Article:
Hi. Welcome again to engvid.com.
I'm Adam. Today we're going to look at something that I know students sometimes get
confused about. First of all, students ask me all the time,
'What is the subjunctive, the subjunctive voice in grammar?' First of all let me tell
you there are two different - or three even - different ways of looking at
the subjunctive. Usually people think, "The doctor recommended he go to hospital".
That is one example of the subjunctive.
What I want to look at today is the word "wish",
the verb "to wish", and how it is used,
because this is sometimes very confusing to students.
So, here I have a few examples of how to use the verb "wish".
"I wish I were rich." "He wishes he were taller." So,
the first thing you notice, I'm using "were",
not "was". Now, why? Because.
I'm sorry to say it like that,
but that's how it is.
Always use "were". Never use "was".
I, you, he, she, it, they,
we, "were", always. "I wish it would rain",
now here we're talking about an action verb,
"rain", like, "to come down", "rain",
so we use "would". "Bill Clinton wishes Hillary would be President".
Notice the capital P because President is a title here.
It's specific. So, this is called the subjunctive voice.
What we are talking about when we use the verb "wish" is a hypothetical.
What does hypothetical mean? Hypothetical means imaginary.
It's not real. So, anytime we use the verb "wish",
we're talking about something that isn't true and can't be true.
If it can be true, you'll probably use the word "hope",
but that's another story. So, how do we construct this? How do we set up
sentences? I'm going to write this down for you in a second and we'll look
at how to do this.
First, let's look at how we construct a sentence using "wish".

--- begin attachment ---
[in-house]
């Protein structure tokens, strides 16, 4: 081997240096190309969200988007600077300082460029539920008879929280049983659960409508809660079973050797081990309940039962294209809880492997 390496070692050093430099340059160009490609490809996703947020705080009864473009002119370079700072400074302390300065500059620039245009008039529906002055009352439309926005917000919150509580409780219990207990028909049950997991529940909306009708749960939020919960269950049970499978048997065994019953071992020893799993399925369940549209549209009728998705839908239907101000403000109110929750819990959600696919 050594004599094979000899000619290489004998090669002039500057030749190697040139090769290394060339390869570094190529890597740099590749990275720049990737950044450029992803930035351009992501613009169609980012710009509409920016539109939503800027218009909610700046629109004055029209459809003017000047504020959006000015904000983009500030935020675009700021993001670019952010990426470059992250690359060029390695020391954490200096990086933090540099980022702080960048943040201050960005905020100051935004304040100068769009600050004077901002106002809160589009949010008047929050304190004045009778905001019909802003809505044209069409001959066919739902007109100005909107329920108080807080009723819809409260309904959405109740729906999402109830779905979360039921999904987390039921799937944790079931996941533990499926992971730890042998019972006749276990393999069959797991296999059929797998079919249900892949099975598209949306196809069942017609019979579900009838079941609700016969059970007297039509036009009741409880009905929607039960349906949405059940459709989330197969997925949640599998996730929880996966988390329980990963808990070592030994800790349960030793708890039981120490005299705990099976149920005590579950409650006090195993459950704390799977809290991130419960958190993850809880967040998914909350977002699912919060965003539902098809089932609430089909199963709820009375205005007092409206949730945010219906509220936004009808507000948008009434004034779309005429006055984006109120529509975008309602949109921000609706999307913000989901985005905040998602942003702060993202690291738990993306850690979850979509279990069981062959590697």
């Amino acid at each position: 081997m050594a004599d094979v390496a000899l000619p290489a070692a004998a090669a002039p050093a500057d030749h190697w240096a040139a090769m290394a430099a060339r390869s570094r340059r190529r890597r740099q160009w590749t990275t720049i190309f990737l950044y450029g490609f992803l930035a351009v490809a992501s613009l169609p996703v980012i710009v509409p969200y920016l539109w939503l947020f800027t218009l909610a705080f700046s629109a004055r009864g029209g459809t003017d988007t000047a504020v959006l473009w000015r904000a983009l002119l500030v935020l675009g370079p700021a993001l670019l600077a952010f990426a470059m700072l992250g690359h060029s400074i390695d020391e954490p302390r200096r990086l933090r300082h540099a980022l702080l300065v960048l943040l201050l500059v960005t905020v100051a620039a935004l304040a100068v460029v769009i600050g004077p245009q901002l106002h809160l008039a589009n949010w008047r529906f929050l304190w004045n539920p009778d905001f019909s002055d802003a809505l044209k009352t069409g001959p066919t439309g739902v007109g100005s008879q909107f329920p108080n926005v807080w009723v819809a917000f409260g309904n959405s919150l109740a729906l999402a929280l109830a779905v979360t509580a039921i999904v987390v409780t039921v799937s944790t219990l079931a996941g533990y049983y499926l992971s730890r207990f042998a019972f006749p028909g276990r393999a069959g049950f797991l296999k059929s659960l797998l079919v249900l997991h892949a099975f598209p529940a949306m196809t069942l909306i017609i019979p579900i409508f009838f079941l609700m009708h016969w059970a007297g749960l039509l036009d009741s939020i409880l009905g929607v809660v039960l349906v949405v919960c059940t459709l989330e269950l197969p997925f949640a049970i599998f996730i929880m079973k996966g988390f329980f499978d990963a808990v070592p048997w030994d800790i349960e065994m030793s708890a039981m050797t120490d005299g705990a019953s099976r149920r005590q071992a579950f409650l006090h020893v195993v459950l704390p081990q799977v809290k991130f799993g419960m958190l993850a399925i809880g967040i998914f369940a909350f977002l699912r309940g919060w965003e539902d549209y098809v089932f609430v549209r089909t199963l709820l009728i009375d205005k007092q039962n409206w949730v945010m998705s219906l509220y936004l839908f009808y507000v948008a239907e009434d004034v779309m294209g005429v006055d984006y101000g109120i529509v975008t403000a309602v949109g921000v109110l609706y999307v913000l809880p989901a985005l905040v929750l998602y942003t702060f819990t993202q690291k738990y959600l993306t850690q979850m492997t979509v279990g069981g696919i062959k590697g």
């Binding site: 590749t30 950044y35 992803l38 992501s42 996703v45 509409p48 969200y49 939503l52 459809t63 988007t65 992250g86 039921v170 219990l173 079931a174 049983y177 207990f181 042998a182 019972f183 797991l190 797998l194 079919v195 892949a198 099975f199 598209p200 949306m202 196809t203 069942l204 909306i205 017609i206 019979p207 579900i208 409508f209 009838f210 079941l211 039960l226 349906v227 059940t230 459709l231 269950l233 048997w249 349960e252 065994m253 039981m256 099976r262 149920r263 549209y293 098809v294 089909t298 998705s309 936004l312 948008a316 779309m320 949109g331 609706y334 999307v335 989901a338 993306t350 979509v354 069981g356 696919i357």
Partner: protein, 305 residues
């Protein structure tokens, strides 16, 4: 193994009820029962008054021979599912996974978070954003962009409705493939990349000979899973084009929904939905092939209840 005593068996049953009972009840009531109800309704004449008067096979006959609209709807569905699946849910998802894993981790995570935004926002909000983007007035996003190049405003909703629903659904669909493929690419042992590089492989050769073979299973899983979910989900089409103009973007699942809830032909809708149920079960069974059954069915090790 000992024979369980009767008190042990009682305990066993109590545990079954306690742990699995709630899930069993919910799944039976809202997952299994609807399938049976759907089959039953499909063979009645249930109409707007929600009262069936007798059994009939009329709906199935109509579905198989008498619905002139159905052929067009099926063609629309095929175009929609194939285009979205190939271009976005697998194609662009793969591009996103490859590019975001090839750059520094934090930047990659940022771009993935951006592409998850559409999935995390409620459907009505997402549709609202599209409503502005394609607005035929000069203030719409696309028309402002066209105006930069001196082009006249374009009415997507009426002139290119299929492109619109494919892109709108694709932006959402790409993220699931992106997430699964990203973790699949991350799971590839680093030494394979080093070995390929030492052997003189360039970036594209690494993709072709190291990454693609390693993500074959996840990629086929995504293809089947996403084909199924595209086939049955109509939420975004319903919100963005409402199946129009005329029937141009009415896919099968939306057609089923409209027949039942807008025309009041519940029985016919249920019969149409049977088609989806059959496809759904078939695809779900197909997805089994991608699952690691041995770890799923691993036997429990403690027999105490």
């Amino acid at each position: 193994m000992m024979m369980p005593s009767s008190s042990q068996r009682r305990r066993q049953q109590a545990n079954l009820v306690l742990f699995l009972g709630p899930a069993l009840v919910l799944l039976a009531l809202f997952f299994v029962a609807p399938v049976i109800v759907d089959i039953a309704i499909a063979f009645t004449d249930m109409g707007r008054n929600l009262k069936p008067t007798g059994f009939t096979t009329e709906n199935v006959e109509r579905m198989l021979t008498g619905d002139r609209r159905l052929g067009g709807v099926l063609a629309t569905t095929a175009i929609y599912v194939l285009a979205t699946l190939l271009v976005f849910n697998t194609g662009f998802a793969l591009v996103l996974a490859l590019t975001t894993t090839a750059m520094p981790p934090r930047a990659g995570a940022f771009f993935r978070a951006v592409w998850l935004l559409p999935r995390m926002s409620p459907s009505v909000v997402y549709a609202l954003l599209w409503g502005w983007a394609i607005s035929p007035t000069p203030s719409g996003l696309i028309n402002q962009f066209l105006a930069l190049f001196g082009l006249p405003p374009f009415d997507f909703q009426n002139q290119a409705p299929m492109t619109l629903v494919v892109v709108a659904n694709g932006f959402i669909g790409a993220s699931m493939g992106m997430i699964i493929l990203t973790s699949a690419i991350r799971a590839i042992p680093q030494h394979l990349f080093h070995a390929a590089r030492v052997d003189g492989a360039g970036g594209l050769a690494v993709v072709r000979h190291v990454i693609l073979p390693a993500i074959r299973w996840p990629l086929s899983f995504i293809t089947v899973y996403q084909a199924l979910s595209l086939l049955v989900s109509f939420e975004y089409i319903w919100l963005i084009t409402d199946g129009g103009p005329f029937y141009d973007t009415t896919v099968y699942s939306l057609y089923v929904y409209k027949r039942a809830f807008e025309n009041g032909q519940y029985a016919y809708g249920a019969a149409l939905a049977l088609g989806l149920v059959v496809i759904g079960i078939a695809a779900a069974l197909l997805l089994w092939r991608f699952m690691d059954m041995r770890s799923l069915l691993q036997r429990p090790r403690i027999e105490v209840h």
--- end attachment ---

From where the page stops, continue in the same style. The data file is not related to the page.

We begin with our subject, of course,
our verb "wish", and then we always have to remember to go one tense back.
What does that mean? If you have a present tense verb in the real situation,
when you talk about "wish", you talk about simple past.
If the real situation is simple past,
the "wish" would be past perfect,
because it's two pasts back.
Future, again, would become "would".
Let's look at these examples.
"Right now, I am not rich." This is the real situation.
This is the fact. So, "I wish I were rich".
The "am" present becomes "were" past.
Again, remember, always "were", never "was".
That's the main thing to remember with "wish".
High school, "I didn't study hard in high school.
I was a very bad student." You are a very good student.
That's why you come here, right? I didn't study hard in high school,
so "I wish I had studied harder",
simple past, past perfect. I go one step back.
"It will by dry tomorrow", like,
"The air will be very dry,
sunny, hot, etc." Two ways that I can speak about it.
I can wish it would rain.
I can use the action verb,
but the "will" becomes "would".
Or "I wish it would be rainy tomorrow." If I want to maintain the "be"
verb, I still use the "would".
I just add the "be", go to the adjective "rainy",
and talk about the hypothetical situation.
So, again, two very important things to remember about using "wish".
One, anything you say with the "wish" verb is not real.
Two, anything you say with the "wish" verb you're going back one tense from the
real situation, and always remember "were" not "was".
That's the main thing. So some of you will be taking whatever test,
you're taking, IELTS, TOEFL, etc.
- TOEIC. The subjunctive, this is a very common question on any test that has
a grammar section. It's almost guaranteed you'll have one question about "wish",
and this especially is what they will be testing you on,
the "were" not the "was".
Now, many native speakers will say,
"I wish I was rich." You know what? That's okay for them to say.
They're native English speakers. It's not correct.
You want to be correct, you will say "were".
If you're not exactly clear about all this,
go to engvid.com. There's a quiz.
You can have more examples and test yourself and ask questions there.
See you soon. Thanks.